Food

Street food in Dakar & suburbs 4: the construction

On every street corner, too, various street food outlets compete for customers with other types of businesses. These places are either "canteens" or garages of houses transformed into catering spaces with a large table and wooden benches around for customers, or metal or wooden kiosks glued to a wall or by the roadside.

The materials used are numerous: stainless steel or plastic or glass containers, spoons, dishes, a gas bottle or coal furnace, plastic basins for laundry, a few 20-litre oil cans recycled into water reserves and a stack of newspaper used as packaging.

Practice for high quality

The first step in making steamed, pickled tea the traditional way is to evenly lay out the tea leaves on a reed or bamboo mat. Next, the tea is rolled out by hand. This is done by placing both hands side by side and gently pressing down on the tea leaves with the lower palm of both hands.The steady back and forth motion of the slowly rolls the tea leaves. More and more pressure is added as the tea leaves begin to roll and curl up. This process takes about 15 minutes. Locals may use tea rolling machines if they are available. 

Traditional Soybean Cury

Famous Traditional PaOh Soybean Cury

This one of the most famous traditonal foods in our country, Myanmar, especially in Southern Shan State.

The PaOh ethnic group has been used to this kind of food since their ancestors. Soybean cury and the PaOh ethnic people are inseparable from their society.

They always use every ingredient (soybean, chilli, salt, tomato, peanut oil) in these foods from their local resources without buying from outsides.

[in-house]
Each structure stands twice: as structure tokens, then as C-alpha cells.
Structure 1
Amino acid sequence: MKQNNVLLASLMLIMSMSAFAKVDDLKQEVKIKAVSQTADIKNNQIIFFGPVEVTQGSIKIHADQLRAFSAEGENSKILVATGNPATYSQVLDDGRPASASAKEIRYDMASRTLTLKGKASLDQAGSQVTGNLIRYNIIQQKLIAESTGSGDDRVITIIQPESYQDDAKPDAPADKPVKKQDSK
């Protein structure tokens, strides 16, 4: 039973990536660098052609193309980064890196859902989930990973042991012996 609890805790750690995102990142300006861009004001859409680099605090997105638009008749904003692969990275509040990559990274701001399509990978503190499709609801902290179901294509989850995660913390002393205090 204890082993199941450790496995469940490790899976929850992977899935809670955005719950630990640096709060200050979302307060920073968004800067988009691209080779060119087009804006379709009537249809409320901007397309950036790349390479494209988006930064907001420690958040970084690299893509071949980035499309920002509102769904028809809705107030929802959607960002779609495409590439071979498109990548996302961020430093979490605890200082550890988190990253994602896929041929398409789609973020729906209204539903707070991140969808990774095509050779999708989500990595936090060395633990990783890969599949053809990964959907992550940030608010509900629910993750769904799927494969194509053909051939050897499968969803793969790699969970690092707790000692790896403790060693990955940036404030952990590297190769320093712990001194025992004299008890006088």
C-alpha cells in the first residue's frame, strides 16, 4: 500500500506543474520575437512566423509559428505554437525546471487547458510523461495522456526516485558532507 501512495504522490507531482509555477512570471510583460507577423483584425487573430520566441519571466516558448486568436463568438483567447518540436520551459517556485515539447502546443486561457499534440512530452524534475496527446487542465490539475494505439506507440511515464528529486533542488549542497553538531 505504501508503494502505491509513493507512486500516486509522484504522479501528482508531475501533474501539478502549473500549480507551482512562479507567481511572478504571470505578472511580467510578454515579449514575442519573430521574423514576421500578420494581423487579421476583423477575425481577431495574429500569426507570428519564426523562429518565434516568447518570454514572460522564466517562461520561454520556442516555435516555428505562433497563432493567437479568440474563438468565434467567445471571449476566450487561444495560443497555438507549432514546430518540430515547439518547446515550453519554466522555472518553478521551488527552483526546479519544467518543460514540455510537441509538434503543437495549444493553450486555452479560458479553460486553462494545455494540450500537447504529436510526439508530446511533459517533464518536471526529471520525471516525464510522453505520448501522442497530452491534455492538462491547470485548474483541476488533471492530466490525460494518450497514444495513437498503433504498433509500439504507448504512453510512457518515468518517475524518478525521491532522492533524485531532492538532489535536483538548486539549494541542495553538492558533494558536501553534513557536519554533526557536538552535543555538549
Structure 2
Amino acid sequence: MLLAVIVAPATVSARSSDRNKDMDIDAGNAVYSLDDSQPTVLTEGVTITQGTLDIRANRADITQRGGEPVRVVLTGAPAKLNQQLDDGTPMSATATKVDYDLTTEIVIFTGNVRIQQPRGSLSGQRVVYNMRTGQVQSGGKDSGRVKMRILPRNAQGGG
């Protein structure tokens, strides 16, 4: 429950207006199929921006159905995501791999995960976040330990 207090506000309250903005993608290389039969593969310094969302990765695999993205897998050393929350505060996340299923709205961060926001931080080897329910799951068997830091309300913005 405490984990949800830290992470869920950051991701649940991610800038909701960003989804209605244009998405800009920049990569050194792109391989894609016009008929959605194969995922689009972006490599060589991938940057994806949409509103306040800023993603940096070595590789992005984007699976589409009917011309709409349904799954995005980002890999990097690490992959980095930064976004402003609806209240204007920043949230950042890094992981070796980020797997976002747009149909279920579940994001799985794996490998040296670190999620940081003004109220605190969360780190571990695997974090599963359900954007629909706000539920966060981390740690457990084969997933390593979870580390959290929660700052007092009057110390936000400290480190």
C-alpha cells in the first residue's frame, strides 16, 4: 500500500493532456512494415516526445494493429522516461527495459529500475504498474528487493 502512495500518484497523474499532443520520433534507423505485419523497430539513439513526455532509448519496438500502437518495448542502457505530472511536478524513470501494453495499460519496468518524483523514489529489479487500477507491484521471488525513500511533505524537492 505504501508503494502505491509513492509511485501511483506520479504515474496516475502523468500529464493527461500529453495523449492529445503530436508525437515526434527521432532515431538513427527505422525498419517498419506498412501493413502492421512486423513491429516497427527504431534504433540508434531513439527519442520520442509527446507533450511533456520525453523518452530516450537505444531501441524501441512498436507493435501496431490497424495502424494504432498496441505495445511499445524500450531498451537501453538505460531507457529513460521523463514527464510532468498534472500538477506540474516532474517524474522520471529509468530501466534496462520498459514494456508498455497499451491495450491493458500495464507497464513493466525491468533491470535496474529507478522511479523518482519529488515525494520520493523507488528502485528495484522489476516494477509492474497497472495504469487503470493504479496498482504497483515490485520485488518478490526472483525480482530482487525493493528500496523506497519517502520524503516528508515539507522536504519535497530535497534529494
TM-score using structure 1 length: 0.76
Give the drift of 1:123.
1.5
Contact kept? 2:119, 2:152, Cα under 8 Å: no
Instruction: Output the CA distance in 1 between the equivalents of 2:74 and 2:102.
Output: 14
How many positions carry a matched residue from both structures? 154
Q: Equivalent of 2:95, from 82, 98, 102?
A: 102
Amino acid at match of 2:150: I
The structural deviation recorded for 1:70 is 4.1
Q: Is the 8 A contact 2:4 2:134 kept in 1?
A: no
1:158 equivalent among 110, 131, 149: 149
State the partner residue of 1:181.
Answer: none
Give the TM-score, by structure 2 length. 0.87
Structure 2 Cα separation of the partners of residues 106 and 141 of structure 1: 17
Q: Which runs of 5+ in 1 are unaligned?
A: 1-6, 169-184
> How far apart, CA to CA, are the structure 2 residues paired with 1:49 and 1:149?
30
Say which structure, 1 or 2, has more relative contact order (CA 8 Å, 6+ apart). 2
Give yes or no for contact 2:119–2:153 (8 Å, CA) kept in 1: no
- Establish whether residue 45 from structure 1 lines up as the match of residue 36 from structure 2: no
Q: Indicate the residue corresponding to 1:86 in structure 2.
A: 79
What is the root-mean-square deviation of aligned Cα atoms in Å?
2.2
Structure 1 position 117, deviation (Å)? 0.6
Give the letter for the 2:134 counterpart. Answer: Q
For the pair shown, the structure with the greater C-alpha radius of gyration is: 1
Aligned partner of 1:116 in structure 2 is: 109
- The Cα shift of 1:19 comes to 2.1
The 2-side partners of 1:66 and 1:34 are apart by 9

Problem of yellow color ( dye )

This report released by the Ministry of Health states their persistent monitoring and testing of food products to ensure health safety and promote the well-being of citizens. It further explains that on lab examinations, 43 brands of tea (pickled) on the Myanmar market contained significant traces of Auramine O. Auramine O is a diarylmethane dye used in fabric coloring processes and despite lacking any immediate affect on consumer health, is hazardous and harmful to the kidneys and liver, therefore unsuitable for consumption.

Farmers and loan money “Amadaw Kyay” under BSPP

Daw May Myo Khine, 49 years old, who once lived in Sittwe, capital of Rakhine, and whose grandfather and father owned many rice farms explained that under the Burmese Socialist Programme Party, some farmers grew two different kinds of rice. They grew low quality rice, which they would sell to the government at the prescribed price and good quality variety, which they would eat themselves. The government gave farmers loans called “Amadaw Kyay”  for growing rice. In return, the farmers had to sell the harvested rice to the government.

The history of tea leaf

Image depicts a statue erected on Mt. Loi Saing (Paddamyar Taung in Burmese), near Taung Pė Village, situated within Namsam Township, northern Shan State. The statue goes that when the Burmese king Alaungsithu travelled across his new kingdom around the 5th -6th century, he found Palaung people at Loi San Mountain in Southern Shan State. When he found them to be poor and struggling, he gave them laphet seeds believing it would help them find money for their family.

Unusual terms used to refer rice under BSPP

There existed unusual terms used to refer certain types of rice during the BSPP government. Here are three examples. U Myo Win Than is a 55 years old Burmese man who used to live in Myittha, Kyaukse district, Mandalay.

He explained that “Yar Kyaw Sa Par” refers to the variety which exceeds a hundred tinns (Burmese unit of volume measurement that equals to 40.9148 L) per acre when harvested.

Names of rice mainly grown in Rakhine under Burma Socialist Programme Party (BSPP) from 1962-1988

Ma Mya Than, 58 years old, is a middle class Rakhine (Arakanese) lady who lives in Buthidaung, a town in northern Rakhine. She used to sell various varieties of rice. Rakhine, situated on the western coast of Myanmar, is rich with natural resources including fish, timber, oil and gas. According to her, although Rakhine exported many acres of rice under Burmese Socialist Programme Party for years, there were around five types of rice that farmers in Rakhine mainly grew.

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